I could probably run right up the cliché generator and characterize my teenage years as ones of quiet desperation—well, occasionally noisy desperation (hormones are a wondrous thing), but almost always desperation. Screaming Nerd-core before nerds took over the world. I couldn’t make it with the in crowd, I couldn’t make it with the out-crowd. I couldn’t make it. And when I left the halls of CHS two months into my senior year, I left like a ghost…I left without a word and it was as if I had never been there at all.
You could say Chelmsford left its scars, and you can ask the afformentioned Mr. Mike for verification. As friends, bandmates and co-conspirators we spent many late nights talking and driving aimlessly between southern New Hampshire and the greater Lowell area…there were nights when I’d take the wheel and he’d implore me, “dude, don’t go to Chelmsford!” Any time we wound up that way I’d cruise my old, darkened neighborhood and I’d rant and rave. It was a ghost town, all the kids I’d gone to school with, my enemies, had grown up and moved away, like I had…but somewhere in my head, all those ghosts were still walking around.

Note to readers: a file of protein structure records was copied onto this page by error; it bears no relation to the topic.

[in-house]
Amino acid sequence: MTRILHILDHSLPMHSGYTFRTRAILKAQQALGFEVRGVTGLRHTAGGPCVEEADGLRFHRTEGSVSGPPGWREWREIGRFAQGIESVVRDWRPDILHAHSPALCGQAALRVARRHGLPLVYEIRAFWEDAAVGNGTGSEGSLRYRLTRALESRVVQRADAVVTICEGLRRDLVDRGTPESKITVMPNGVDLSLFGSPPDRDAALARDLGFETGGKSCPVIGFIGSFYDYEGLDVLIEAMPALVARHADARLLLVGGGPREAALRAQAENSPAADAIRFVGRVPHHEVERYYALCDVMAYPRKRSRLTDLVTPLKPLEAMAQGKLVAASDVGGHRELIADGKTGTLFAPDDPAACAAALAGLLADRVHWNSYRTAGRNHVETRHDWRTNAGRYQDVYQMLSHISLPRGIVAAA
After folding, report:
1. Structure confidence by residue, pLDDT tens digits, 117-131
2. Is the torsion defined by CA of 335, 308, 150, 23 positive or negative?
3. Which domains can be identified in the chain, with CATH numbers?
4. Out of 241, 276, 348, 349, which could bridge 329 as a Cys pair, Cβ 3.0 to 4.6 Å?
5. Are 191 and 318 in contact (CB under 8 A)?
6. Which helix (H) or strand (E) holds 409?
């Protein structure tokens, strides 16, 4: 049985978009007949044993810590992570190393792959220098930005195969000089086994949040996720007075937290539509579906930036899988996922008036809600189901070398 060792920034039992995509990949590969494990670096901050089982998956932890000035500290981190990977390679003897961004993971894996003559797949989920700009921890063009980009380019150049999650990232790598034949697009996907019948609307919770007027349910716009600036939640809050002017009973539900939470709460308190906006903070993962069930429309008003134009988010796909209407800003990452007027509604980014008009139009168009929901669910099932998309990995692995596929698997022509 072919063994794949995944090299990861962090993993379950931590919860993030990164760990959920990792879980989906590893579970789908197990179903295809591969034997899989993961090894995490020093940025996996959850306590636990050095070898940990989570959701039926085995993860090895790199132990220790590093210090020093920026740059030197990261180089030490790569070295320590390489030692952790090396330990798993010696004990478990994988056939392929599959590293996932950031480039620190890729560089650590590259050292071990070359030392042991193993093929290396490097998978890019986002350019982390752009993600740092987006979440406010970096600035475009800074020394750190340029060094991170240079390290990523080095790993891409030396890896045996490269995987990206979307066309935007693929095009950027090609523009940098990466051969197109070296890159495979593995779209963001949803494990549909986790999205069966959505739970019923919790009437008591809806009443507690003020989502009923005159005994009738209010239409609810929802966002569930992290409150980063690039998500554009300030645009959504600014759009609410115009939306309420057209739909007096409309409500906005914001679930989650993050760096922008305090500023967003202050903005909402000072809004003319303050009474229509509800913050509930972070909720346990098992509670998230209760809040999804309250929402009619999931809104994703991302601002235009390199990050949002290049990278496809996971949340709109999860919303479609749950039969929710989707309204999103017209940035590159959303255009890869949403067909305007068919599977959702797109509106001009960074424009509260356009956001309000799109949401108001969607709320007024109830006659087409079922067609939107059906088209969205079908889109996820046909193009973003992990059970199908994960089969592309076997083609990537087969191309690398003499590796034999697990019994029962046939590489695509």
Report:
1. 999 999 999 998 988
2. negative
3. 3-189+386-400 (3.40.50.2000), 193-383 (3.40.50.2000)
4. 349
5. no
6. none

One of my big writing projects right now is doing up a screenplay of my first novel…if I were a Hollywood pitch man I’d tell the execs, “think Holden Caulfield meets Travis Bickle”---or “think ‘Better off Dead’ meets ‘Taxi Driver’ “. The story isn’t autobiographical, but I buried a lot of old demons in that piece of work.
Well, okay…mebbe I didn’t bury them entirely.
I’m not sure what it is about trying to reconcile yourself with the past that can send you in one extreme direction or another in an instant….all I know is, it happens. Not sure what set me off, either. Too much bad water under the bridge? Too much living out in the wilderness? Too much of my own trip to allow a sane bit of retrospect?